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Why Kanye West is the modern day John Donne

Kanye West is the first metaphysical rapper.

National Poetry Day seems like a good time to make a suggestion - Kanye West, modern-day rapper and “international asshole” (his words) is the true heir to the 16th century metaphysical poet John Donne.

West may be known as the man who married Kim Kardashian, and stole Taylor Swift’s award, but he is an artist of multiple layers.

Donne only started to be truly appreciated in the 20th century. 

The content of West and Donne's works share common themes: self-obsession, God, delusions, sex, women, paranoia and more sex. 

According to Encyclopedia Britannica, Donne's metaphysical poetry is “characterised by conceit or 'wit' — that is, by the sometimes violent yoking together of apparently unconnected ideas”.

If no-one else will say it, I will: looking through West’s cannon, the truth is self evident- Kanye West is our first metaphysical rapper. 

Compare Donne’s most infamous opening line in Holy Sonnet 10 to West’s most famous opening line in "Can’t Tell Me Nothing":

Donne:

“Death, be not proud, though some have called thee
Mighty and dreadful, for thou art not so”

West:

“I had a dream I could buy my way to heaven
When I awoke, I spent that on a necklace”

The two evoke the imagery of death, and mock it through bravado and wordplay alone. 

Extended metaphors are a recurring theme in both West and Donne’s canon. 

Donne's The Flea is arguably one of the most provocative, and famous poems in all of English literature. In the poem, Donne use the the blood sucking by a flea who has landed on his lover's body to describe his entire relationship with a woman.  

"Famous" by West is just as provocative, though in the song and subsequent video (the one with the naked mannequins of Donald Trump, Bill Cosby, Taylor Swift etc) West uses sex to make a comment on the relationship celebrities have with fame, and in turn our relationship with celebrities. 

Not everything is so highbrow though. West and Donne enjoy a similar taste for puns made in poor taste. Donne's The Good Morrow describes his thoughts as he awakes next to his lover. In it, Donne makes his now infamous sexual pun where he references his lover's "country pleasures".

The opening of West's "Mercy" features the rapper Big Sean trying to make a similar pun on the word "ass" (throughout the song, multiple rappers featured on the song compare women to the super-car, the Lamborghini Mercy).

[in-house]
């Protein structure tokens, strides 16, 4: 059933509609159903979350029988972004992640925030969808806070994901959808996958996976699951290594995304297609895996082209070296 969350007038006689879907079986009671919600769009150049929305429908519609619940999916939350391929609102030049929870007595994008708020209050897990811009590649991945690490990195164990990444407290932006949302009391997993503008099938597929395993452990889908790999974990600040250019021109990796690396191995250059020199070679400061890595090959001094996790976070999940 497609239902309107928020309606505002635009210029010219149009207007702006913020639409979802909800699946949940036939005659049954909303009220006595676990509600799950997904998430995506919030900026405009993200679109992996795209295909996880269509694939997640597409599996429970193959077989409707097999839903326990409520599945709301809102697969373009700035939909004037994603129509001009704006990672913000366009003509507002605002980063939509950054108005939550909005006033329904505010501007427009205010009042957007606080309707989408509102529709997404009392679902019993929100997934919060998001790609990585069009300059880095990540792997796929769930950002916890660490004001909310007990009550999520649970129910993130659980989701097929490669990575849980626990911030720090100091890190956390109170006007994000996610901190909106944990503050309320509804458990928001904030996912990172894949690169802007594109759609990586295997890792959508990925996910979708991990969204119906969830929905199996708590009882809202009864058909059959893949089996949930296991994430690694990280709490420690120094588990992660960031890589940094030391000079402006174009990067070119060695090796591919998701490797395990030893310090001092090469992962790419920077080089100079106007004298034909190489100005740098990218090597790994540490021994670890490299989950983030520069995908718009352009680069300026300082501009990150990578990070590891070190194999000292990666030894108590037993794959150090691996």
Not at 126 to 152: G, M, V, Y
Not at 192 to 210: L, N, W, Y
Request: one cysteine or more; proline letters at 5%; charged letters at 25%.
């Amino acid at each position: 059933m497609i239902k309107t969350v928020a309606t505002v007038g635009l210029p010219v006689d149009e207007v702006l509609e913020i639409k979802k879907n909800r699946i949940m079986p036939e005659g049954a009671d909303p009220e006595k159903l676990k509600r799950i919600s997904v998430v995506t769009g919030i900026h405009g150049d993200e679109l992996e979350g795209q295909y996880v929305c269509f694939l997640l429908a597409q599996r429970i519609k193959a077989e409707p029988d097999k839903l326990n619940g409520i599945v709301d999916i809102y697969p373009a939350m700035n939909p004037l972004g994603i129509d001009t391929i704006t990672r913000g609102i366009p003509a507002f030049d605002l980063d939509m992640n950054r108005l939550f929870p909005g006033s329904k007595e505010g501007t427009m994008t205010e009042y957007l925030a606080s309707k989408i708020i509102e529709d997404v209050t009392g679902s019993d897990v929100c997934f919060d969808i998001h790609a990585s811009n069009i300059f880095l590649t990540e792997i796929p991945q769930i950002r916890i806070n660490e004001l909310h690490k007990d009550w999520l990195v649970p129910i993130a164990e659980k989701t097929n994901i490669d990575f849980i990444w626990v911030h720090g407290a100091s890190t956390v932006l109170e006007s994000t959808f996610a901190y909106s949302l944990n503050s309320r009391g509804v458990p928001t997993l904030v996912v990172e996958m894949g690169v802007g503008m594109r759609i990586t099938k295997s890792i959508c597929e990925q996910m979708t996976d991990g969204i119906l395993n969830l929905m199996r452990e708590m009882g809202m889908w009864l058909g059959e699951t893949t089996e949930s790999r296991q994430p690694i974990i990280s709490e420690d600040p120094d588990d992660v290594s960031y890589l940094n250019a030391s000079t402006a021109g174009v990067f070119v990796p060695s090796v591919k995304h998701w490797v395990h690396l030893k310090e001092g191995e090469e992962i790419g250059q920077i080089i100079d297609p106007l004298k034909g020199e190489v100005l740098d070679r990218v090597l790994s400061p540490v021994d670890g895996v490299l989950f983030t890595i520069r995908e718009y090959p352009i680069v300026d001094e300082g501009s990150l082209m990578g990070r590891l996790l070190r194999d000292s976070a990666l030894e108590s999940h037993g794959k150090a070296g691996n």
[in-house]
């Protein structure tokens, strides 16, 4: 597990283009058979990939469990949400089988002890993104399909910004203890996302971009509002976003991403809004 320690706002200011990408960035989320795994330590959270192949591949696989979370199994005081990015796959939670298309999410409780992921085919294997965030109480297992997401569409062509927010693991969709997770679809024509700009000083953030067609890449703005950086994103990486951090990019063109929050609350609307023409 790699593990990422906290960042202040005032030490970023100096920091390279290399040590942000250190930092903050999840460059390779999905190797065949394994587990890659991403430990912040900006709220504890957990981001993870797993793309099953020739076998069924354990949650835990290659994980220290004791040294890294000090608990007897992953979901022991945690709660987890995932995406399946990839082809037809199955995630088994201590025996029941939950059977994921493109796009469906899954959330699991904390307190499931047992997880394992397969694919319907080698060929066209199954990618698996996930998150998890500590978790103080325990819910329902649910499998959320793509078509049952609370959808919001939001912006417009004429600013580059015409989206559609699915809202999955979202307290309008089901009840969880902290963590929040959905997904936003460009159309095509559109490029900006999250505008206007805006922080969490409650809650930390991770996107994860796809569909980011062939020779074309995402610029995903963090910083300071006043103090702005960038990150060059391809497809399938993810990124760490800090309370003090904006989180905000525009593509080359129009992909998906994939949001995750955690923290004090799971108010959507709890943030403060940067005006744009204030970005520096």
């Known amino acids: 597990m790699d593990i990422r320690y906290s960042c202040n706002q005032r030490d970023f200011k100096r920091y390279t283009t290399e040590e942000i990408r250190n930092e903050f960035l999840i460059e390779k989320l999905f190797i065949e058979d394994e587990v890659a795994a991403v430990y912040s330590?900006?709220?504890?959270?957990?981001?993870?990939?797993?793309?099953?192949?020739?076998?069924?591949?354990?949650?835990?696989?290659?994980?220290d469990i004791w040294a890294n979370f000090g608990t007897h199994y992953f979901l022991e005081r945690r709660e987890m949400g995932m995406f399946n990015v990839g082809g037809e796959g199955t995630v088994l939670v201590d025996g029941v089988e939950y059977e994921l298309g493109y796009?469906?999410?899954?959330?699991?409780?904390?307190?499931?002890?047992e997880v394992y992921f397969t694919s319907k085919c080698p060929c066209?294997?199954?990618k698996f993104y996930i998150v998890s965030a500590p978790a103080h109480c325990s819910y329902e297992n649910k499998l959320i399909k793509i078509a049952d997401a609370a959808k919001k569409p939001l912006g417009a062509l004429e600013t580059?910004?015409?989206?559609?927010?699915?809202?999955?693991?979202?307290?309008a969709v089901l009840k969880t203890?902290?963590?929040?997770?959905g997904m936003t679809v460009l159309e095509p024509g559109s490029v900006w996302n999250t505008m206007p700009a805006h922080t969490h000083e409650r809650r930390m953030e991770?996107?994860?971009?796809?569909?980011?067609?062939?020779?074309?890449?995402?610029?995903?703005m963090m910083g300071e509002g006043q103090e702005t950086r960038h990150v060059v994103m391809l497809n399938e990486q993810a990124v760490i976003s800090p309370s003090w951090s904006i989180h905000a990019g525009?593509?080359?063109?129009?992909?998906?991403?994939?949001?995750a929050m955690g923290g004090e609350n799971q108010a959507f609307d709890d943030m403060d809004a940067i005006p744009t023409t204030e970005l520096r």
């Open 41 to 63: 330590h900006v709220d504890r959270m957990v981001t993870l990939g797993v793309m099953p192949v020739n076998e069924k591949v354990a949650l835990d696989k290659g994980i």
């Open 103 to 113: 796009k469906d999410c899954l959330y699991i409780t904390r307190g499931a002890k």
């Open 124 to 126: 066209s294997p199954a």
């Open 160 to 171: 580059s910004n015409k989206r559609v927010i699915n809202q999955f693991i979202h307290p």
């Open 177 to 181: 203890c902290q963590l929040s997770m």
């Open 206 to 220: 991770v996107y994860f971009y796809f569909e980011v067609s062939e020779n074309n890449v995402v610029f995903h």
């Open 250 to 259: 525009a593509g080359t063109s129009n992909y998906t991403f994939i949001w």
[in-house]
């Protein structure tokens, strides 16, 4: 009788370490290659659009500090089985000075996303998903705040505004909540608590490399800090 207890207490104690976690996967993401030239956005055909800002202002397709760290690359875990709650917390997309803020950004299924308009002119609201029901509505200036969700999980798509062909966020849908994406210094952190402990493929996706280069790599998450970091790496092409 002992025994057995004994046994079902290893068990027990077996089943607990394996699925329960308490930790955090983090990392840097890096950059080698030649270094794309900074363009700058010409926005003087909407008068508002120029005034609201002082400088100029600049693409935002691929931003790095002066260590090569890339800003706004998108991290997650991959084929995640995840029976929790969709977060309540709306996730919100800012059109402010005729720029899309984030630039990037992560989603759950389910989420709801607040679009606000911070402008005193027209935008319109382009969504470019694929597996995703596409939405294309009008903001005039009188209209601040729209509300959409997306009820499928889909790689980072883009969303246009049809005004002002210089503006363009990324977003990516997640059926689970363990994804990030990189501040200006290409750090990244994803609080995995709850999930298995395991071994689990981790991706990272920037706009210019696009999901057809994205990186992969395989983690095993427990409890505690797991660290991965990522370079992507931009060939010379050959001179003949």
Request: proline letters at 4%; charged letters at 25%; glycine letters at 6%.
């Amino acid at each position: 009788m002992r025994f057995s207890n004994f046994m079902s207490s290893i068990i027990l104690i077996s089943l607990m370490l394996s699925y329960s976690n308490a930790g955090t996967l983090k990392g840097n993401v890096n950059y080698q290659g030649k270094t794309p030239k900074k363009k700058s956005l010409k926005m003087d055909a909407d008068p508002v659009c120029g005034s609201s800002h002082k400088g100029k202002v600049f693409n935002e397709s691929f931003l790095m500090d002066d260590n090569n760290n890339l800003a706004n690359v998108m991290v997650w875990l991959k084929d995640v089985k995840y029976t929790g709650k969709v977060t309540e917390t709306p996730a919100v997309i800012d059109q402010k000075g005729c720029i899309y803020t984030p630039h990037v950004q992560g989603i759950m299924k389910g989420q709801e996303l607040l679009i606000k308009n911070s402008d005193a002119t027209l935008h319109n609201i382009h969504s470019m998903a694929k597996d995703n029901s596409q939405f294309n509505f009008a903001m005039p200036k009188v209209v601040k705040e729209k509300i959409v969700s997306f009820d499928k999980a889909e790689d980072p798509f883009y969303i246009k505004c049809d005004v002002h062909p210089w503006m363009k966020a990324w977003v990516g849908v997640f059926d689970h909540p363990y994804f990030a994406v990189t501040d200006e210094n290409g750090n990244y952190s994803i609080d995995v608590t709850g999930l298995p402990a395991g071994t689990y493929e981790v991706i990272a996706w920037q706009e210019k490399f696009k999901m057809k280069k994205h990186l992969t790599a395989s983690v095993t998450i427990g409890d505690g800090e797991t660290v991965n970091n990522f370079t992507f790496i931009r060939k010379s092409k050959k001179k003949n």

West and Donne share another trait between them - a lack of trust in the women in their lives. West's "Gold Digger" needs no description. The song describes West's interactions with women who only want him for his money.

In Donne's Woman's Constancy, he opens by mock-questioning what a woman who has spent the night with him, will say in the morning to get rid of him

"Now though has loved me one whole day
Tomorrow when you leav'st, what wilt
thou say?"

Both make light of the situation, even as their mistrust remains plain. Woman's Constancy ends with the twist with Donne saying that never liked the woman anyway (why write the poem then?).

And West in "Gold Digger" raps that one of these women have got him paying child support as "she got one of your kids", which he then self-deprecatingly follows up with "And on the 18th birthday he found it wasn't his?!"

Though perhaps West and Donne are most known for their bravado and their brashness, both probe their insecurities and vulnerabilities in their art. This is most explicit when they talk about their faith in God.

West's first crossover hit is the now classic "Jesus Walks" in which he prays that "God show me the way" because the Devil is trying to "break me down". Donne too is constantly worrying that the sensual pleasures of women getting in the way of his relationship with God. 

Donne's conflict is of course heightened by him having left Catholicism and converting to Anglicanism, later becoming the Dean of St Paul's Cathedral.

West famously collaborates with as many artists as he can, of all different genres, most famously perhaps with Paul McCartney and Coldplay. On "All of the Lights", West somehow manages to put Drake, Elton John, John Legend, Alicia Keys and Rihanna on one song, and make a hit. 

Donne's most famous quote is "No man is an island", while West subscribes to the idea that no song is an island. 

And like Donne, whose signficance was overshadowed by his contemporary William Shakespeare, West too may face a similar fate. But I'll save my piece comparing Beyonce to Shakespeare for another day.